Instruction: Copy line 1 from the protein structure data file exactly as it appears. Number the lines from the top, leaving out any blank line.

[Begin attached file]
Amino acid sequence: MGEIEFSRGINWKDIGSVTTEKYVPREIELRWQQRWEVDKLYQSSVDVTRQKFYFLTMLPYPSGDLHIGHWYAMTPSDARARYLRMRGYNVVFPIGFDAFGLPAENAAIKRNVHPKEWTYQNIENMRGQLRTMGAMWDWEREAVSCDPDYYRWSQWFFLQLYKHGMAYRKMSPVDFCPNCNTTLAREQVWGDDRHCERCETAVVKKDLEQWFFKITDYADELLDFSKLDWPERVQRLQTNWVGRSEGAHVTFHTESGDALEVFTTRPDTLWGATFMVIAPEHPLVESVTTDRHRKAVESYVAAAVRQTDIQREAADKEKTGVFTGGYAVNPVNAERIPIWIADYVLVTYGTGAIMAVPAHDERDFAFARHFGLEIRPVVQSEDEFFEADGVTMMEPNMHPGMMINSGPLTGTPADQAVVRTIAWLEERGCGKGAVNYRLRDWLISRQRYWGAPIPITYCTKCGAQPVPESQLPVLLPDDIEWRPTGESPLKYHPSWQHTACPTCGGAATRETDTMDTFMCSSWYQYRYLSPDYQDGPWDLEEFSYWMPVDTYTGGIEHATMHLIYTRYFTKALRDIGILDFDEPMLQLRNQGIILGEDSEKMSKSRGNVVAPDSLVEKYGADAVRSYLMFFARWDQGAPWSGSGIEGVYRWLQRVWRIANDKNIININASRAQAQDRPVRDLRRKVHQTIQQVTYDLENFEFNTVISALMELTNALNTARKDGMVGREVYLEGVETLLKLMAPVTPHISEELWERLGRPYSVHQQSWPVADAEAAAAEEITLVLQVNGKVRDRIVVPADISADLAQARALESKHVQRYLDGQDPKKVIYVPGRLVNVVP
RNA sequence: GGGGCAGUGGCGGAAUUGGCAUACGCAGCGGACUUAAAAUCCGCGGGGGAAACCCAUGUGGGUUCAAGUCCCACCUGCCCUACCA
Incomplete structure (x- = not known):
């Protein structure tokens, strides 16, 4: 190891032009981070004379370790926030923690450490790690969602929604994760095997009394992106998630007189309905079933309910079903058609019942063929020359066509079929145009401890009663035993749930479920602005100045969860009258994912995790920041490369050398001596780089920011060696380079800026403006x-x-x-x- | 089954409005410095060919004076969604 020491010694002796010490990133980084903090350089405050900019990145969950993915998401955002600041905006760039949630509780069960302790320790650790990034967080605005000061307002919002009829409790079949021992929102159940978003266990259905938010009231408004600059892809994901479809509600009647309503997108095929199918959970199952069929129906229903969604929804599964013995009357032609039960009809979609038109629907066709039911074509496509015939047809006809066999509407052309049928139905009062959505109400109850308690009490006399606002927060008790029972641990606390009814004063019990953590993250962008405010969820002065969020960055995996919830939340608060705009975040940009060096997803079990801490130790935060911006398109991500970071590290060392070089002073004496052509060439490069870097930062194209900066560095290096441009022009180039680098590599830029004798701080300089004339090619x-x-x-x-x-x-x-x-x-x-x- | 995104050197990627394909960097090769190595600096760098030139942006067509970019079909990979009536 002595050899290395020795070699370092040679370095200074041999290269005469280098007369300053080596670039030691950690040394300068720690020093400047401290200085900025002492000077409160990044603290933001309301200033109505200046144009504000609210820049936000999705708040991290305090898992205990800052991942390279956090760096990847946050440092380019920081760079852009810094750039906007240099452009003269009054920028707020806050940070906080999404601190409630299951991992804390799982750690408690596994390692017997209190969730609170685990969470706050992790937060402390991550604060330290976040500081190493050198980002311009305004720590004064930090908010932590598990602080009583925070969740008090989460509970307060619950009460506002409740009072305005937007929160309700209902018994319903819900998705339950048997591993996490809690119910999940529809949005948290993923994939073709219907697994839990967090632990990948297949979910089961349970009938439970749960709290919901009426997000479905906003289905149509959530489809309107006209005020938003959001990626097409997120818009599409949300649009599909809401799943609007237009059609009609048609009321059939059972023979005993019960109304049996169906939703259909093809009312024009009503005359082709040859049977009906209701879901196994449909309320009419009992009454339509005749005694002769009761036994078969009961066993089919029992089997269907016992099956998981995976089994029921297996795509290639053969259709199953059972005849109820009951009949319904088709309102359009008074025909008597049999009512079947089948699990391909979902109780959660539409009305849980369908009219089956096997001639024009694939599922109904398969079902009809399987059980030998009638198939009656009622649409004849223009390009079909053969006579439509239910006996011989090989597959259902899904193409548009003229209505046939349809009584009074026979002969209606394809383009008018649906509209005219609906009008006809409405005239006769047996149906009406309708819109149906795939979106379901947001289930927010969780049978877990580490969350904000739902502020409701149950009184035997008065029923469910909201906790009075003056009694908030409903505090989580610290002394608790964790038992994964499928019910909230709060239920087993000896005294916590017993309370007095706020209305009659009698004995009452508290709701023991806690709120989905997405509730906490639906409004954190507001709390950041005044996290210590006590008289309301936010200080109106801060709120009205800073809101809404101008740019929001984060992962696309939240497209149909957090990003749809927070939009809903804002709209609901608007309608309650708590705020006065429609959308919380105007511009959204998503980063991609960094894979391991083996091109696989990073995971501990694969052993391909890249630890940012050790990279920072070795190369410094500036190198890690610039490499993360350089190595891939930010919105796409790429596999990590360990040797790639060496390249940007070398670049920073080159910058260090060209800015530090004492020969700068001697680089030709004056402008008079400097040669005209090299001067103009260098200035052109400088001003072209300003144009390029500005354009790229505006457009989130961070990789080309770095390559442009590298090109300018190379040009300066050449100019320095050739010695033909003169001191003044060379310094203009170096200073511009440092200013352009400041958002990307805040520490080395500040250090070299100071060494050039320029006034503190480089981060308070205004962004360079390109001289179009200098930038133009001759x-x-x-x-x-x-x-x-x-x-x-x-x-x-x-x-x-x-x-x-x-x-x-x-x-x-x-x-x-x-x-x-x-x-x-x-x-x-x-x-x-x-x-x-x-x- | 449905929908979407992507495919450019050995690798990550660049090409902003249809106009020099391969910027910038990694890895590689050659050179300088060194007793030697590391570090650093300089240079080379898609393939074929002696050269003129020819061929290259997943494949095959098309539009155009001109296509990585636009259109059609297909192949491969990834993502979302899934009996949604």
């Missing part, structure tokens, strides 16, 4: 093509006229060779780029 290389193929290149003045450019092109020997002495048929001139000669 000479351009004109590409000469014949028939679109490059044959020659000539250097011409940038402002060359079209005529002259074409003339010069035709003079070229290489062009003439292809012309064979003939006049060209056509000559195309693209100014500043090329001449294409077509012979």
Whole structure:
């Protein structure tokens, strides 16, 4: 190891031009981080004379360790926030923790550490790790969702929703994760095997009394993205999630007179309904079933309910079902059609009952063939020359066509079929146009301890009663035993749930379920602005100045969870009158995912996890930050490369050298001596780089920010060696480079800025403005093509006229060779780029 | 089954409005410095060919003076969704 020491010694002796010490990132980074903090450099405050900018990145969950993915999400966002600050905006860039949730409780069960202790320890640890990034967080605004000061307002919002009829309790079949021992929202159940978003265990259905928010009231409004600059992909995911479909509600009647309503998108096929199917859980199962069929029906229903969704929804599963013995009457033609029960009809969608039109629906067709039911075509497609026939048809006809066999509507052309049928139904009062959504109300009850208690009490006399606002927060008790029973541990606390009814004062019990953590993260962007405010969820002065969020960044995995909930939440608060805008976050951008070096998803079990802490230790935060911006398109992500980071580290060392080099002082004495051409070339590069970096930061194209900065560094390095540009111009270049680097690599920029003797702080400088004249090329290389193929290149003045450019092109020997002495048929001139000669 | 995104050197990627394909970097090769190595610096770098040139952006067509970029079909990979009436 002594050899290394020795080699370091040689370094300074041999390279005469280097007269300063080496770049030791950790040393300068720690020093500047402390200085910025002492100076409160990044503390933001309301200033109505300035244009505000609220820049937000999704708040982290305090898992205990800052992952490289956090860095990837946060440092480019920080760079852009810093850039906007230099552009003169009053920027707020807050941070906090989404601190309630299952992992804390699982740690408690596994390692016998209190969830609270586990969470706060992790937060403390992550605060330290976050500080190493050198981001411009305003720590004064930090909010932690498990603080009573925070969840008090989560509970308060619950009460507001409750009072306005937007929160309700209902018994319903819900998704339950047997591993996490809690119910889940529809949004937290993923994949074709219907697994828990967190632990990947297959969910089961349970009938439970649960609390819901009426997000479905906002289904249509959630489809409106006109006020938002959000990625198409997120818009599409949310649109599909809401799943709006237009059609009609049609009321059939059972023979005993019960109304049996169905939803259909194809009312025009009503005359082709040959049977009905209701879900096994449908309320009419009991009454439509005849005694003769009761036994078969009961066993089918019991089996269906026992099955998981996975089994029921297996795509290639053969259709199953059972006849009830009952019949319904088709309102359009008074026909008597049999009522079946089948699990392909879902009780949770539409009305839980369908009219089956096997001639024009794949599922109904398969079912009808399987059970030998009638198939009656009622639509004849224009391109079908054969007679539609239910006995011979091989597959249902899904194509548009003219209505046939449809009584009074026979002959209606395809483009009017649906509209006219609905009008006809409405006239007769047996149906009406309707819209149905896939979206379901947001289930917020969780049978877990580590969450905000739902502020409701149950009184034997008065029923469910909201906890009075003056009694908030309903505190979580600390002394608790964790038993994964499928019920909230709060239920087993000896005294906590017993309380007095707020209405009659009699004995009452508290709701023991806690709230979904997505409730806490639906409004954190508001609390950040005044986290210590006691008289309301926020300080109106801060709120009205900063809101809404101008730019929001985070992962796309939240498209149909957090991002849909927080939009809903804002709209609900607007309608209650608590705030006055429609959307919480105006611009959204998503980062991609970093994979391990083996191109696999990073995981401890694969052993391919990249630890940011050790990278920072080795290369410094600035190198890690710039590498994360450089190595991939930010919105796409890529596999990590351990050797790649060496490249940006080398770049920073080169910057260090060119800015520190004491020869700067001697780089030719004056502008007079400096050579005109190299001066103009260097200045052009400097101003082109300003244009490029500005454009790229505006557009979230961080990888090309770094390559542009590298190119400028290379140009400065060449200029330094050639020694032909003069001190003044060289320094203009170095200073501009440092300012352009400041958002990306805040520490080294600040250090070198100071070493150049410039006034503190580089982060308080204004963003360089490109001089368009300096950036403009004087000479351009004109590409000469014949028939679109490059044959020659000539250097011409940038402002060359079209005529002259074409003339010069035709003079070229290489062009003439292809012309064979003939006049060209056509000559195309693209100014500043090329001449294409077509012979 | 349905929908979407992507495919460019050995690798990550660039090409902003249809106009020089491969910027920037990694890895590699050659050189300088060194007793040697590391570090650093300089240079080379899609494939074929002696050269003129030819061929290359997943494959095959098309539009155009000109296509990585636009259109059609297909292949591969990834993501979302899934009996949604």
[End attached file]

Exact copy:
Amino acid sequence: MGEIEFSRGINWKDIGSVTTEKYVPREIELRWQQRWEVDKLYQSSVDVTRQKFYFLTMLPYPSGDLHIGHWYAMTPSDARARYLRMRGYNVVFPIGFDAFGLPAENAAIKRNVHPKEWTYQNIENMRGQLRTMGAMWDWEREAVSCDPDYYRWSQWFFLQLYKHGMAYRKMSPVDFCPNCNTTLAREQVWGDDRHCERCETAVVKKDLEQWFFKITDYADELLDFSKLDWPERVQRLQTNWVGRSEGAHVTFHTESGDALEVFTTRPDTLWGATFMVIAPEHPLVESVTTDRHRKAVESYVAAAVRQTDIQREAADKEKTGVFTGGYAVNPVNAERIPIWIADYVLVTYGTGAIMAVPAHDERDFAFARHFGLEIRPVVQSEDEFFEADGVTMMEPNMHPGMMINSGPLTGTPADQAVVRTIAWLEERGCGKGAVNYRLRDWLISRQRYWGAPIPITYCTKCGAQPVPESQLPVLLPDDIEWRPTGESPLKYHPSWQHTACPTCGGAATRETDTMDTFMCSSWYQYRYLSPDYQDGPWDLEEFSYWMPVDTYTGGIEHATMHLIYTRYFTKALRDIGILDFDEPMLQLRNQGIILGEDSEKMSKSRGNVVAPDSLVEKYGADAVRSYLMFFARWDQGAPWSGSGIEGVYRWLQRVWRIANDKNIININASRAQAQDRPVRDLRRKVHQTIQQVTYDLENFEFNTVISALMELTNALNTARKDGMVGREVYLEGVETLLKLMAPVTPHISEELWERLGRPYSVHQQSWPVADAEAAAAEEITLVLQVNGKVRDRIVVPADISADLAQARALESKHVQRYLDGQDPKKVIYVPGRLVNVVP